So every time I open up the codebase fresh and want to look at the block of code that simply creates or updates a rating of a media object by a user, I’m forced to wade through a bunch of ancillary functionality to get at the basic code path.

Well, you might say, that developer obviously didn’t do a very good job writing the service object! They should have kept it simple and focused, and instead put additional processing code in other objects (maybe even other service objects!)

Now wait a minute! The whole reason we are told we need to extract code contained within standard Rails MVC patterns into service objects is because they help us break up complex code flows into standalone functions. But the problem is that there’s nothing to enforce that rule. Nothing! You can write a simple service object, no doubt about it. But you can equally write a complex service object containing a bunch of methods that quickly turn into spaghetti code.

What does this mean? It means the service object pattern has no intrinsic ability to make your codebase easier to read, easier to maintain, simpler, or exhibit better separation of concerns.

If a pattern can foster nearly any sort of programming style with a nearly infinite spectrum of simple to highly complicated, then it ceases to be a useful pattern and describes nothing specific to developers.

So What Should We Do Instead?

When I’m preparing to write a fair bit of code that I know will have to process incoming data and either create or update records along with other related functionality, I typically start by writing a class method on the most appropriate model. Now hold your horses, I’m not saying this is a superior pattern. I’m saying this is where I begin, before I start looking for another pattern that might be a better fit.

Let’s take a look what what it might look like if rating media were done using a class method on Rating itself:

class Rating < ActiveRecord::Base
  belongs_to :user
  belongs_to :media

  def self.rate(user, media, rating)
    rating_record = Rating.find_or_initialize_by(user: user, media: media)
    rating_record.rating = rating
    rating_record.save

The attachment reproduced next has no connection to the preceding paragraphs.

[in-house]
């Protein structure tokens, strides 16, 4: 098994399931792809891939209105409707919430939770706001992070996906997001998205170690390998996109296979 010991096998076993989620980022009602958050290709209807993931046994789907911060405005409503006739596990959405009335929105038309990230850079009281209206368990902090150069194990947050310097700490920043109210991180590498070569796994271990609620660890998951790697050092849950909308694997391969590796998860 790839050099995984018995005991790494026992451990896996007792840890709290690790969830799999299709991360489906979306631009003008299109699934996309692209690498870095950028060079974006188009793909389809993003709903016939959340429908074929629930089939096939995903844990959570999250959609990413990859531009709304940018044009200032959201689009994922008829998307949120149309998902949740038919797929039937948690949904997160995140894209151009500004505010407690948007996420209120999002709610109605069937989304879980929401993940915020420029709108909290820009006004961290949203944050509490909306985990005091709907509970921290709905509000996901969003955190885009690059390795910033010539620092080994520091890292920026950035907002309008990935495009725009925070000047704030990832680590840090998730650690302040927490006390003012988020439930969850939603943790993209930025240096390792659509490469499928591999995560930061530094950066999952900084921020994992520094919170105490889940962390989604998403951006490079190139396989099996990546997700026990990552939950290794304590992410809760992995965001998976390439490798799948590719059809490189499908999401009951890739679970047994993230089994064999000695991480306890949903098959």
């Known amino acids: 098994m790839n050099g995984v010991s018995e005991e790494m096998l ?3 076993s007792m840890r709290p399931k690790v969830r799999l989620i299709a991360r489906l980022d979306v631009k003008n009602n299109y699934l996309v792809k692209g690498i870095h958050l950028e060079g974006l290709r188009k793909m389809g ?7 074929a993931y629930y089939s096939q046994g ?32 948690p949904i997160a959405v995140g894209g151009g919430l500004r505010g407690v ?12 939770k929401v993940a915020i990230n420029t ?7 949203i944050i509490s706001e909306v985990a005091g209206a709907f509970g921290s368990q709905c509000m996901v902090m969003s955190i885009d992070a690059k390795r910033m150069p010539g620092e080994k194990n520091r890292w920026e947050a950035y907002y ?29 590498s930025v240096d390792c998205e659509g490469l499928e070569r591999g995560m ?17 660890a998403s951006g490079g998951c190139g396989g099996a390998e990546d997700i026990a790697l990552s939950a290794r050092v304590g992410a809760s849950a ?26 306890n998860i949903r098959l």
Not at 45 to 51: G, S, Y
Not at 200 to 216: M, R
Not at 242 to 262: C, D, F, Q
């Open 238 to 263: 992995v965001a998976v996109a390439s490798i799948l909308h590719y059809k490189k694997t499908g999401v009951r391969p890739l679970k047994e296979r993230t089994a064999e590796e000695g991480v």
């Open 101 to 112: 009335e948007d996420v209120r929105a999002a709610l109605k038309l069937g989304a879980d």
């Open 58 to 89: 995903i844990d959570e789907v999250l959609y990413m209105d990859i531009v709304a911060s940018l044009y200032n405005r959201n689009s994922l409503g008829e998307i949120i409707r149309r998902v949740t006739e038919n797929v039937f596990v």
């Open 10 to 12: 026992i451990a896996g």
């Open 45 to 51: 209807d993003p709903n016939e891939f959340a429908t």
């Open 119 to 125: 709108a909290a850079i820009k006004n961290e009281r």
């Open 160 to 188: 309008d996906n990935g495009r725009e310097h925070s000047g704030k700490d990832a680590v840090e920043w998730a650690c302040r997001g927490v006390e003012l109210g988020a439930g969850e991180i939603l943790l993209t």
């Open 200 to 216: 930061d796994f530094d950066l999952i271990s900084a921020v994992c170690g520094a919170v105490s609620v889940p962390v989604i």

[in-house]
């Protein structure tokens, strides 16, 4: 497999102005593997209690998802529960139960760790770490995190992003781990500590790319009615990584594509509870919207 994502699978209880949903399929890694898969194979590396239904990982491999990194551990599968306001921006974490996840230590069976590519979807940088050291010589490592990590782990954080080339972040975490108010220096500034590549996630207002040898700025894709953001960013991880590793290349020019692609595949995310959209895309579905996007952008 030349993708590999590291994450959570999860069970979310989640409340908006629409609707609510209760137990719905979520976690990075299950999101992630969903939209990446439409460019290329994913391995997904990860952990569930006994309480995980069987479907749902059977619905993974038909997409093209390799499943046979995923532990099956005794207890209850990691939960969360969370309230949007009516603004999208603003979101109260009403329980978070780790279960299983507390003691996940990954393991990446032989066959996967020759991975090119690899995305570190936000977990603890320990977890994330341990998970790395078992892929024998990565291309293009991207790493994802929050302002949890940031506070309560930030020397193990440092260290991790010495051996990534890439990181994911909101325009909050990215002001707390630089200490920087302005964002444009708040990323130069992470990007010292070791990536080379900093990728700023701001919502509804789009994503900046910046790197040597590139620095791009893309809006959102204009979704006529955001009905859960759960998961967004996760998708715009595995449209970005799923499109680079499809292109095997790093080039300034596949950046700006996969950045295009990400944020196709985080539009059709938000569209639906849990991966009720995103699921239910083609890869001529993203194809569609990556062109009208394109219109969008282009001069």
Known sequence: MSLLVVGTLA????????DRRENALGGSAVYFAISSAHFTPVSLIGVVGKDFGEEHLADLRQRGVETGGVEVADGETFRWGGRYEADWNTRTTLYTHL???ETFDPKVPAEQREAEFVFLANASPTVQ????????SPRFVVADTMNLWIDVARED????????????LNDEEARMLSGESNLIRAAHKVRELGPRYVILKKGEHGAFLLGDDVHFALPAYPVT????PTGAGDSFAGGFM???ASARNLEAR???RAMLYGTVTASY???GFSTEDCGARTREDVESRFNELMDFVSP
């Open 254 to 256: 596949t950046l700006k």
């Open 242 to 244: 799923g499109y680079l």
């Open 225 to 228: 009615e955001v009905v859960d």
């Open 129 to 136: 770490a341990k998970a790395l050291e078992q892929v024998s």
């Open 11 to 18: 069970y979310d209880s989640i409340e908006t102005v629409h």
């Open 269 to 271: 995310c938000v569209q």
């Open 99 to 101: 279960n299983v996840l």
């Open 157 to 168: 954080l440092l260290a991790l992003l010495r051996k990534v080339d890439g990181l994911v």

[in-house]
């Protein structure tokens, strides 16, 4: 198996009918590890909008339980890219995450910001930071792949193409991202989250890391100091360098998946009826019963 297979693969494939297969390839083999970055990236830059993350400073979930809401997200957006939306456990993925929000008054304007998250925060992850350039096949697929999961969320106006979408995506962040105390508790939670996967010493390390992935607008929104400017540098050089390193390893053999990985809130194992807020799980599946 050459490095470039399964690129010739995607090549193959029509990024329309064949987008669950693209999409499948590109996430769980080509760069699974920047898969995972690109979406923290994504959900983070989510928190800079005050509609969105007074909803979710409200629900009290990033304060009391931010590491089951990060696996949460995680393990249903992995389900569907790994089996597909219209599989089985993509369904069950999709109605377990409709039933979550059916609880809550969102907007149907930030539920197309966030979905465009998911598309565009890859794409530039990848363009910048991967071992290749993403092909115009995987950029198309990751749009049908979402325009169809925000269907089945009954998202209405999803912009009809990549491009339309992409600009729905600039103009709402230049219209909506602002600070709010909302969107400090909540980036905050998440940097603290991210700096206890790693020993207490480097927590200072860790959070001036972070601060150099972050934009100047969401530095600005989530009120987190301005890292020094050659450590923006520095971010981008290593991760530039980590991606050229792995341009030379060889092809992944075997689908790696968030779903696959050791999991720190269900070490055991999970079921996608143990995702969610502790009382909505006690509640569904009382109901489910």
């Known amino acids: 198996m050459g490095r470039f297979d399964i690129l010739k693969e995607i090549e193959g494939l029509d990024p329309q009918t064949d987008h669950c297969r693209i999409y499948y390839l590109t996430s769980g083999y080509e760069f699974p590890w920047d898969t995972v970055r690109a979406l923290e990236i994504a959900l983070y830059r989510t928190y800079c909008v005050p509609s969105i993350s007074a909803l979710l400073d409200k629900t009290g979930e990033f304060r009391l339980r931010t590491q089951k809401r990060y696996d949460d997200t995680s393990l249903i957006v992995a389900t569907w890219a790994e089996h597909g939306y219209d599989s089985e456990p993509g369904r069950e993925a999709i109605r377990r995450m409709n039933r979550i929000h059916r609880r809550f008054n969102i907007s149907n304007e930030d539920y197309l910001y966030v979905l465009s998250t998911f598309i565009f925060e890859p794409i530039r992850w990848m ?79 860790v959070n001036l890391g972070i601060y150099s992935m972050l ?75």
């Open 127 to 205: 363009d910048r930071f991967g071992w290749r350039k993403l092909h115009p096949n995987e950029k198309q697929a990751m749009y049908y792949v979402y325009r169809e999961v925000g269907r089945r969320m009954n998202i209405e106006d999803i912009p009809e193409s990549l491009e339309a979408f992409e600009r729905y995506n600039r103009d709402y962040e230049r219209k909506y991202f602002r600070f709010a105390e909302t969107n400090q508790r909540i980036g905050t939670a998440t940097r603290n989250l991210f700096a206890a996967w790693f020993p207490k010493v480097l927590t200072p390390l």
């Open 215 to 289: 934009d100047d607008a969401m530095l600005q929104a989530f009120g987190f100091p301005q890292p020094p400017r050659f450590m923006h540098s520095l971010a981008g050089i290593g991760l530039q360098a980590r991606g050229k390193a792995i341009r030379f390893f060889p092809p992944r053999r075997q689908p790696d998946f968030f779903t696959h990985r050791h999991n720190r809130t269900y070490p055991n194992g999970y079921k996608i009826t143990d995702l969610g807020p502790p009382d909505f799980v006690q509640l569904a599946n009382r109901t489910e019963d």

# do some extra stuff here like run algorithmic data processing,
    # add social activities to timelines, etc.
  end
end

And the updated controller code:

media = Media.find(params[:media_id])
rating = params[:rating].to_i
Rating.rate(current_user, media, rating)

Now I’m already breathing a sigh of relief when I read this code, because putting the rating code directly in the Rate model ensures that the functionality is closer to the data structures that are most impacted by the code. Want to open up the codebase and find out how to rate something? Look in the Rate model! It’s very straightforward.

However…I’m ultimately still not happy with this code for one big reason. As a rule of thumb, I like to call instance methods and use Rails associations whenever possible. To me it’s code smell to sprinkle class methods all over the place and avoid using associations and standard OOP principles as intended. In this case, it seems weird to me that I can’t do something along the lines of @media.rate in the controller. After all, I’m loading up a media object and I want to rate it. Why isn’t there a clear interface to do that?

Concerns and POROs are Your Friends

Once I’m convinced I need to start moving complex code out of a model class method, I’m going to want to find a better pattern than just stuffing a bunch of bits into various models’ instance methods. After all, the problems that come with fat models is why people recommend breaking code out into service objects in the first place!

But in reality, the downsides of fat models isn’t so much that you have a single object with a lot of methods, it’s that those methods (and presumably related unit tests) are all jumbled together in one file. What you really need is a way to keep bits of key functionality separated out from other bits of key functionality in terms of code comprehension, and then you need some sort of rule of thumb for which bits of code really should be relocated into separate objects altogether.

Let’s take a look at what we could do with this media rating business. First, I’m going to extract the chunk of code we’ve been wrestling with into a concern (which is just a slightly enhanced Rails version of the standard Ruby mixin). Let’s call this concern Ratable:

module Ratable
  extend ActiveSupport::Concern